The false loan applications, appraisals, and other fraudulent documents were then submitted to the lenders. The lenders, relying upon the false statements in the loan packages, issued the loans. The loans were funded via wire transfers of money from the lenders to a title company, which the scheme participants used to assist them in preparing false closing documents and issuing title company checks. At the time the loans closed, the properties sold for the fraudulently inflated sales price, and the fraudulently obtained loan proceeds were shared by scheme participants.
The sellers were paid the amount they had negotiated to receive, and the scheme participants shared the excess proceeds.
Of the fraudulent loans, 52 related to the purchase of properties from individual sellers, generally individuals who either did not have their homes listed to sell, or had them listed as ""for sale by owner."" These loans totaled $10,452,750 and were all issued by Argent Mortgage Company. The remaining 97 fraudulent loan transactions were all located on the east side of Indianapolis and all owned by one person, through various land trusts. The majority of these 97 loans were funded by People's Choice Mortgage and purchased by Countrywide Home Loans shortly after, with a few secured through Argent Mortgage Company and The MoneyStation.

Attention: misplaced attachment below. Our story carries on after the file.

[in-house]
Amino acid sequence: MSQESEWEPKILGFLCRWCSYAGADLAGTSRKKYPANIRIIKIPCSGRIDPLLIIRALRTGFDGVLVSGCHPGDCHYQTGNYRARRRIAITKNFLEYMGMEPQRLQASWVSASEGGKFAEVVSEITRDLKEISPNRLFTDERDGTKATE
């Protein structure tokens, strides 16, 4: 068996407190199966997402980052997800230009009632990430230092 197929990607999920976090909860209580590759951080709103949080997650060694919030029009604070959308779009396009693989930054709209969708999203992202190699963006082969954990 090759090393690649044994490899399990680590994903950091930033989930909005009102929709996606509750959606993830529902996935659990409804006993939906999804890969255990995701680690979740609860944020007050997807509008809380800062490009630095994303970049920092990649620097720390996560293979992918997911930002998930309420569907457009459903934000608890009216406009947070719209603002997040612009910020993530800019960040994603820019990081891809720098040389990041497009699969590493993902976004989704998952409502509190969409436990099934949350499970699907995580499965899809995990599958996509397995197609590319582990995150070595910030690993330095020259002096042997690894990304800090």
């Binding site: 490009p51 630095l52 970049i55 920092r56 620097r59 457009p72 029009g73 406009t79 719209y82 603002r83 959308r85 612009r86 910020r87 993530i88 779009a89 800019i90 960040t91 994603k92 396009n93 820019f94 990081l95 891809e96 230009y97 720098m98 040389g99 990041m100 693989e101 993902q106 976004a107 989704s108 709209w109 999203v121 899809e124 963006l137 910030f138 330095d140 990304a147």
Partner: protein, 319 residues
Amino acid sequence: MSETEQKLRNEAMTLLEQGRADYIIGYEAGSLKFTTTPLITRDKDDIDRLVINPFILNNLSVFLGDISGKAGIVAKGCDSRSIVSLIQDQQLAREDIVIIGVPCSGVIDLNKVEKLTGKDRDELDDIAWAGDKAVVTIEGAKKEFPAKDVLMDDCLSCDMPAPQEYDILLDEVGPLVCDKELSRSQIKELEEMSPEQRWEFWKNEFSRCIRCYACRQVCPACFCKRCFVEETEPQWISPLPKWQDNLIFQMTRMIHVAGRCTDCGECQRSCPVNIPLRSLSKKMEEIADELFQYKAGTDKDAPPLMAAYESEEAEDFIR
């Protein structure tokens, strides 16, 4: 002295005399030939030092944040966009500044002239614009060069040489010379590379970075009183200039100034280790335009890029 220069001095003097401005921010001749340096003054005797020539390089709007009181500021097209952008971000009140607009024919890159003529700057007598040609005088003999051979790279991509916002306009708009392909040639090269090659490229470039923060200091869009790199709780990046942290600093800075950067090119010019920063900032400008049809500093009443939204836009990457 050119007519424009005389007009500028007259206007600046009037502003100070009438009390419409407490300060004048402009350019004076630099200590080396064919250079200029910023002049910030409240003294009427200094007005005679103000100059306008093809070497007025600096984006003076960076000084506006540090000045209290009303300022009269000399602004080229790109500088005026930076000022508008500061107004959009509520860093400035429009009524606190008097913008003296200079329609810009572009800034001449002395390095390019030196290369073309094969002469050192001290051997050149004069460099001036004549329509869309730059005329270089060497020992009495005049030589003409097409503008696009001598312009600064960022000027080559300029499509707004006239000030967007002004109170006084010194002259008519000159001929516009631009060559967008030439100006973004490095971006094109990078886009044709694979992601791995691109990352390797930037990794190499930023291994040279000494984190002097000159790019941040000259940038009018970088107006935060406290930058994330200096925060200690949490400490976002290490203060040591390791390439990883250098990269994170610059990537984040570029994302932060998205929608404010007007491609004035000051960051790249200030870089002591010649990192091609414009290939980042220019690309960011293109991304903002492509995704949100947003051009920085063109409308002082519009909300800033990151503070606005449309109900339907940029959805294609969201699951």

All of the loans involved in the schemes went into early payment default, and the lenders either foreclosed on the homes or took other action, including granting deeds in lieu of foreclosure or allowing short sales of the properties.
Many of the homes were actually valued at 60,000, fraudulently appraised by the defendants for $120,000 in the loan process, and later re-sold in 2007 and 2008 for amounts between $3,500 and $15,000.
In addition to the fraud or conspiracy charges, each defendant is charged with money laundering for allegedly conducting financial transactions in excess of $10,000 with the proceeds of the illegally obtained loans.
Al Patton, special agent in-charge of the IRS-CI Chicago Field Office said, ""Mortgage fraud adds to the underground economy that erodes the integrity of our tax system and it threatens the financial health of our communities. IRS-Criminal Investigation has an ongoing commitment to jointly working with other federal and state law enforcement agencies to pursue those individuals who manipulate the mortgage loan process for their own financial gain.""

About Author: Carrie Bay

Carrie Bay is a freelance writer for DS News and its sister publication MReport. She served as online editor for DSNews.com from 2008 through 2011. Prior to joining DS News and the Five Star organization, she managed public relations, marketing, and media relations initiatives for several B2B companies in the financial services, technology, and telecommunications industries. She also wrote for retail and nonprofit organizations upon graduating from Texas A&M University with degrees in journalism and English.